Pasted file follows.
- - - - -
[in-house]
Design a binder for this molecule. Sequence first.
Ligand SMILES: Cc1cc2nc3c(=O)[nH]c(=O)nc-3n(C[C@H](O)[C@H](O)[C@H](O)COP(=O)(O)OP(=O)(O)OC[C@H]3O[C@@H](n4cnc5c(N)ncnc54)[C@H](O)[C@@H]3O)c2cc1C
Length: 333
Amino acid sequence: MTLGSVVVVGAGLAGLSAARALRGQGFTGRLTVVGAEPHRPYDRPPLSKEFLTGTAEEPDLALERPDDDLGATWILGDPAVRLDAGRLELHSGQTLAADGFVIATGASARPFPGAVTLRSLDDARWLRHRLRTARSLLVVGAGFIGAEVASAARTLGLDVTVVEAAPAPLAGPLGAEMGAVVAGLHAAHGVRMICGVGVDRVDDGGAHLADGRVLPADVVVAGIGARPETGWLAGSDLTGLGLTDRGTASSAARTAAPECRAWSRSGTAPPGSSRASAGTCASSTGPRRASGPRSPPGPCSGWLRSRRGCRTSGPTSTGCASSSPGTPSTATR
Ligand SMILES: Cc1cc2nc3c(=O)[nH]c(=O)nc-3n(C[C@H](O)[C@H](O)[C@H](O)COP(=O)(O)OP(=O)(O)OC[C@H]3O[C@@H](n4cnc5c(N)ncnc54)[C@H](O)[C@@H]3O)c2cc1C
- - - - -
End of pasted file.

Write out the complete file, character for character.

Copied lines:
[in-house]
Design a binder for this molecule. Sequence first.
Ligand SMILES: Cc1cc2nc3c(=O)[nH]c(=O)nc-3n(C[C@H](O)[C@H](O)[C@H](O)COP(=O)(O)OP(=O)(O)OC[C@H]3O[C@@H](n4cnc5c(N)ncnc54)[C@H](O)[C@@H]3O)c2cc1C
Length: 333
Amino acid sequence: MTLGSVVVVGAGLAGLSAARALRGQGFTGRLTVVGAEPHRPYDRPPLSKEFLTGTAEEPDLALERPDDDLGATWILGDPAVRLDAGRLELHSGQTLAADGFVIATGASARPFPGAVTLRSLDDARWLRHRLRTARSLLVVGAGFIGAEVASAARTLGLDVTVVEAAPAPLAGPLGAEMGAVVAGLHAAHGVRMICGVGVDRVDDGGAHLADGRVLPADVVVAGIGARPETGWLAGSDLTGLGLTDRGTASSAARTAAPECRAWSRSGTAPPGSSRASAGTCASSTGPRRASGPRSPPGPCSGWLRSRRGCRTSGPTSTGCASSSPGTPSTATR
Ligand SMILES: Cc1cc2nc3c(=O)[nH]c(=O)nc-3n(C[C@H](O)[C@H](O)[C@H](O)COP(=O)(O)OP(=O)(O)OC[C@H]3O[C@@H](n4cnc5c(N)ncnc54)[C@H](O)[C@@H]3O)c2cc1C